Gravitational-wave observations of binary black holes—future discoveries and the physics of binary evolution

Thurs 14 February 2019 @12:00 PM, level 7, David Caro Building
Dr Christopher Berrry Northwestern

Email:  christopher.berry[at]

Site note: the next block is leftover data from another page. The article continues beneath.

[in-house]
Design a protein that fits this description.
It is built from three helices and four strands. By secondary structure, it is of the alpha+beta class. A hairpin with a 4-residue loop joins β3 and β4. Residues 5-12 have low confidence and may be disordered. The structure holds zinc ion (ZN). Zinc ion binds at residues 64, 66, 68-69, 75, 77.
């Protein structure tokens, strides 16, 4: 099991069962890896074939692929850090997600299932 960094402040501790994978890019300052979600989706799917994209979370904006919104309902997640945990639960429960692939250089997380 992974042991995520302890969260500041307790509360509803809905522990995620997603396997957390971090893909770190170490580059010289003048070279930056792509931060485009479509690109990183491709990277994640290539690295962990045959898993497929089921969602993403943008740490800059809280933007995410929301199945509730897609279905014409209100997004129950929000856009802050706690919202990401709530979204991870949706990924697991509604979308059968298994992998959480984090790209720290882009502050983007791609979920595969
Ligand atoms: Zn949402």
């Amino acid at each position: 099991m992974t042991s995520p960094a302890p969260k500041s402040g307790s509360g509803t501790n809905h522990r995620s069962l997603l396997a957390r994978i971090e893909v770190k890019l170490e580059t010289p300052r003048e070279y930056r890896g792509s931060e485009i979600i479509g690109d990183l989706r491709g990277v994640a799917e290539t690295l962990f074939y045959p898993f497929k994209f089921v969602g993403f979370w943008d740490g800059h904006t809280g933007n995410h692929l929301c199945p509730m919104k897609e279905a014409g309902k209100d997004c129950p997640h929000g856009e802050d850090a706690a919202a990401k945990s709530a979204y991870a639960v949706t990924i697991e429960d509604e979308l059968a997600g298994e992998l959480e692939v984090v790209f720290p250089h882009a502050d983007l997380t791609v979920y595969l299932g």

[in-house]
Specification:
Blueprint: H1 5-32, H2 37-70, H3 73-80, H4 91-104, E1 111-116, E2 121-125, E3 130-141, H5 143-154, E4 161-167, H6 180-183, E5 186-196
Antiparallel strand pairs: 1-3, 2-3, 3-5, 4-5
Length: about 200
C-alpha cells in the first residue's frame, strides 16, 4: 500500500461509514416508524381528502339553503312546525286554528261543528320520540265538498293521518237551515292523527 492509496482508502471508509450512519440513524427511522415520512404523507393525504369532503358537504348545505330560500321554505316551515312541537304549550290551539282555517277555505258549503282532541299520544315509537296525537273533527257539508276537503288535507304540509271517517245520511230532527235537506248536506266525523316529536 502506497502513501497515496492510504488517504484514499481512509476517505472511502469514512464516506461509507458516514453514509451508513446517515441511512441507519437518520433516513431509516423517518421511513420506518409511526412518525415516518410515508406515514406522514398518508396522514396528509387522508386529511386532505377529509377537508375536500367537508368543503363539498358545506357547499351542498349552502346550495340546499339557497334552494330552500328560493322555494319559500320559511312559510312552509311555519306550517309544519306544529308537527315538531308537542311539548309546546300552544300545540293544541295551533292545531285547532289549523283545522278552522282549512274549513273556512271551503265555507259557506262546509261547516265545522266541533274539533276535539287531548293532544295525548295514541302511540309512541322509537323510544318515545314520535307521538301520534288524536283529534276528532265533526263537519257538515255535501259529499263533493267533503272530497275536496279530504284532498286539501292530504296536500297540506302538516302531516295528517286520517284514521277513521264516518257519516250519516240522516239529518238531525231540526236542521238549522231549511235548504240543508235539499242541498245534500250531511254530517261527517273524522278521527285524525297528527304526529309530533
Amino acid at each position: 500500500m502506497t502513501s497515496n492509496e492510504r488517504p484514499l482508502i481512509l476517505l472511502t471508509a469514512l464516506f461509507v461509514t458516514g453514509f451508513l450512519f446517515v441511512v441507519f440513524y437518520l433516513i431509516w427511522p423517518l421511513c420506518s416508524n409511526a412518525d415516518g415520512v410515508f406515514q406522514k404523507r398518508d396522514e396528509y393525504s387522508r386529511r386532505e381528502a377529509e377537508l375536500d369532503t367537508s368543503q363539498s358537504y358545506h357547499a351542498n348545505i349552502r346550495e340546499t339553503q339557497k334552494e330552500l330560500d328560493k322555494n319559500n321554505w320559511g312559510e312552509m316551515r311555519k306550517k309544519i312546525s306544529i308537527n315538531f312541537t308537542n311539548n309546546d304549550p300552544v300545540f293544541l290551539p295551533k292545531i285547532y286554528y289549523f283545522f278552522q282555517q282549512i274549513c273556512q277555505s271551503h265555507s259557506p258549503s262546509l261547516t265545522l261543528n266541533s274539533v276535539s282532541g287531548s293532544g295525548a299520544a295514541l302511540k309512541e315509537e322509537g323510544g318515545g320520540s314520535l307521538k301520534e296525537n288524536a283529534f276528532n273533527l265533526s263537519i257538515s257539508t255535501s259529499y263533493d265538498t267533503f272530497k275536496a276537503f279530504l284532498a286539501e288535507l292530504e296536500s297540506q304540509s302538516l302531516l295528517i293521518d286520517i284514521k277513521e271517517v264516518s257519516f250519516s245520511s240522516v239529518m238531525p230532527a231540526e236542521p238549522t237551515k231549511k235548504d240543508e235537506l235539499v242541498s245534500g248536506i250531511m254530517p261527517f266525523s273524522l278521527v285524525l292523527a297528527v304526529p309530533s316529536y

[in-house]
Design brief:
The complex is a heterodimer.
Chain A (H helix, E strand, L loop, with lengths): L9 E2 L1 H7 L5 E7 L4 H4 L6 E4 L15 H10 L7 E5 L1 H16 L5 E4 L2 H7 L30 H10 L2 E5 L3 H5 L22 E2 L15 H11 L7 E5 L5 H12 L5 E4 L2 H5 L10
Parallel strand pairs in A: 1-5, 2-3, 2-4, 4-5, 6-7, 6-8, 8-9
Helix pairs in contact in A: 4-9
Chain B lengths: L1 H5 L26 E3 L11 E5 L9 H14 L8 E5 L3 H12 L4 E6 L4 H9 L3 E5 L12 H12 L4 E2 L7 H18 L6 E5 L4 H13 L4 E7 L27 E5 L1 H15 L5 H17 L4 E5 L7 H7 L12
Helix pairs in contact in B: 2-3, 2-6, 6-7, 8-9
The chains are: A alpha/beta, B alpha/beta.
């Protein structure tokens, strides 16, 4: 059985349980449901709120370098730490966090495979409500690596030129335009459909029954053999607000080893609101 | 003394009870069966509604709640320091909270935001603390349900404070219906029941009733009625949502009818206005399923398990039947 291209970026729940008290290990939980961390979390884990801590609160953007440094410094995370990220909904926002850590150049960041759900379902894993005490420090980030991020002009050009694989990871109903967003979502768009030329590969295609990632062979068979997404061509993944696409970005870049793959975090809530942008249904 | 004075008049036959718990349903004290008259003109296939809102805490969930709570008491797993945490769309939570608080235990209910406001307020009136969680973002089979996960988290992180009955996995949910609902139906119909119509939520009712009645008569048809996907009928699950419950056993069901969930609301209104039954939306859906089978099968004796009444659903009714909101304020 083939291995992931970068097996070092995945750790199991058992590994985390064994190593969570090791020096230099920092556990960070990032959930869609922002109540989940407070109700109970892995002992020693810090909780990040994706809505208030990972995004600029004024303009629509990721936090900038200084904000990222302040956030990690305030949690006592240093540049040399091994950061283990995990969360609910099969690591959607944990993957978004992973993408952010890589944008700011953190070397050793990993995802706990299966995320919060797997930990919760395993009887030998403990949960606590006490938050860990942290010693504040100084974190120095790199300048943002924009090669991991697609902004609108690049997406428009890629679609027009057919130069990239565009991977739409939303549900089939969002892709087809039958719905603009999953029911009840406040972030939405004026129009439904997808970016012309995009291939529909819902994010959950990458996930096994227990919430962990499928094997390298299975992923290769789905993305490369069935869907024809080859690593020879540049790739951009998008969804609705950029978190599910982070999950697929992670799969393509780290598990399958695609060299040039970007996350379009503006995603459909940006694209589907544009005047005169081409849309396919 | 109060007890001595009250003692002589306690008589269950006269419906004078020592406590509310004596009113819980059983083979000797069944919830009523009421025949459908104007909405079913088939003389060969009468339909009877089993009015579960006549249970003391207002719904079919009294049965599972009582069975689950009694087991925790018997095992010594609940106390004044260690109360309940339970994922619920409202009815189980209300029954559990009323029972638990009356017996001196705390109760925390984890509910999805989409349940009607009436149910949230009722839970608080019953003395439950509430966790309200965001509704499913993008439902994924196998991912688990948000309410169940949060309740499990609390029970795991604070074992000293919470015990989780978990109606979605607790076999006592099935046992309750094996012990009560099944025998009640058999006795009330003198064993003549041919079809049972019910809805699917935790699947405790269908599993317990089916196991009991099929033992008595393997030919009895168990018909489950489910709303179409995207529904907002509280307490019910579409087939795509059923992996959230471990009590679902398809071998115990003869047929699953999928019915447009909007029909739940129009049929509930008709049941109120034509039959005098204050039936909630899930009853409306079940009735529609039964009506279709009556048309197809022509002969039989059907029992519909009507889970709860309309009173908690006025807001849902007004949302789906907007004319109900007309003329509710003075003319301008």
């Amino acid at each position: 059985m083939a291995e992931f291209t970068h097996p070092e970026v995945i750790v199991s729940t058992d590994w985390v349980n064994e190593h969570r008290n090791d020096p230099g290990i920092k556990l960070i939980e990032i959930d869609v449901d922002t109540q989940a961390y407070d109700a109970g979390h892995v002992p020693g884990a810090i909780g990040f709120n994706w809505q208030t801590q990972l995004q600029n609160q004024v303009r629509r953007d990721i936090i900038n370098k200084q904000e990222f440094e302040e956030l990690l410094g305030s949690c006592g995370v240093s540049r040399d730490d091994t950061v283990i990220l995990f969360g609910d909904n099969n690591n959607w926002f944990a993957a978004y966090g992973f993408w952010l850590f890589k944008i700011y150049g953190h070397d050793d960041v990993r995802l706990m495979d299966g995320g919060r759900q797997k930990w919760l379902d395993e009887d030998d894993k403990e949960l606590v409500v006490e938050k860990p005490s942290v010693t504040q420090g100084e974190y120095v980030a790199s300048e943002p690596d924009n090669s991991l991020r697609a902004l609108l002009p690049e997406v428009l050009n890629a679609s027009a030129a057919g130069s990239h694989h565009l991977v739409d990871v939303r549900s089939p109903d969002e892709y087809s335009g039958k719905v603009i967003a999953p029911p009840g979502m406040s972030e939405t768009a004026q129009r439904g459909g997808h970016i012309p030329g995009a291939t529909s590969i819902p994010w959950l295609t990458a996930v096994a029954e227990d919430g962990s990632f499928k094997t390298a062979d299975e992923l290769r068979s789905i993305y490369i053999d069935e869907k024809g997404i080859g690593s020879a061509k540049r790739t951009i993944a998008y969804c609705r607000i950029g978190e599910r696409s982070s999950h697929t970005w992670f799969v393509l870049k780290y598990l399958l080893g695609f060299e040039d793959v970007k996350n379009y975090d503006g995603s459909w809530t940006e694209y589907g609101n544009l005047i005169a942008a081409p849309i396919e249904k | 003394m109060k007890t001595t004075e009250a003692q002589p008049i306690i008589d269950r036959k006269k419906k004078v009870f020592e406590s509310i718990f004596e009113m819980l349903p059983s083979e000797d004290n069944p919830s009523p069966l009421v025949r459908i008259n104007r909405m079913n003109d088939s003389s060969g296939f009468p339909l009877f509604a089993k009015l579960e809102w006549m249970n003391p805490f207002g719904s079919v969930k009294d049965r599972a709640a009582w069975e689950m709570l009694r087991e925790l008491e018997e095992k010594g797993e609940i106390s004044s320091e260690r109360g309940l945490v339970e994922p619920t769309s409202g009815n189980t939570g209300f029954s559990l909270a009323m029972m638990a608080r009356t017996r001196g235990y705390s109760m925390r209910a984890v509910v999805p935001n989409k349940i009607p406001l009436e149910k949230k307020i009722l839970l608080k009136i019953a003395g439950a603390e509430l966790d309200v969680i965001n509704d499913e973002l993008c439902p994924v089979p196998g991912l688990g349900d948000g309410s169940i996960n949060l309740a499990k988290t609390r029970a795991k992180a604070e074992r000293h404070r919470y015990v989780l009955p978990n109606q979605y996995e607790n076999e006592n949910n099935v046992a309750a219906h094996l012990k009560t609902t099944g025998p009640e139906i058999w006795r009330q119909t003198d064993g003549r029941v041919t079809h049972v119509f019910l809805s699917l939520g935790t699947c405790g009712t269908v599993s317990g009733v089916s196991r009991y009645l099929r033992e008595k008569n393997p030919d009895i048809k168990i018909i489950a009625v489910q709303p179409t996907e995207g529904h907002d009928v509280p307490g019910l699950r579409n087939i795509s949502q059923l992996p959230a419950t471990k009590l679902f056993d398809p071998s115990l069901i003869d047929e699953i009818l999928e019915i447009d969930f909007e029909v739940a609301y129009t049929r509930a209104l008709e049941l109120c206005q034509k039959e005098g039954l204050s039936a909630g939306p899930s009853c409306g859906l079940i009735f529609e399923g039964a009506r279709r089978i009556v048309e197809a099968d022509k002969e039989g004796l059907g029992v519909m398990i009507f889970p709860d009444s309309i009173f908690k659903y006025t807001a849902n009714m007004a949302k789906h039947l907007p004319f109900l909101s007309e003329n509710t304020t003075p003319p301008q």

The gravitational waves observed by LIGO and Virgo encode unique information about their sources. I will explain how we go from the observed signal to making inferences about the source’s parameters, such as a black hole’s mass and spin. These properties are an insight into the processes that forged these compact objects. With a growing catalogue of observations, we can begin to constrain the properties of the population. This can help to pin down the uncertain physics of binary evolution. Making a binary black hole involves many processes that are currently poorly understood, such as stellar mass loss rates and the kicks imparted in supernova explosions. Once we have large numbers of detections, as expected following the upcoming observing runs, we can use mass and merger rate measurements to constrain the parameters describing these processes to a few percent. Adding in further information, such as the evolution of the merger rate with redshift will provide an even more detailed picture of the physics of binary evolution.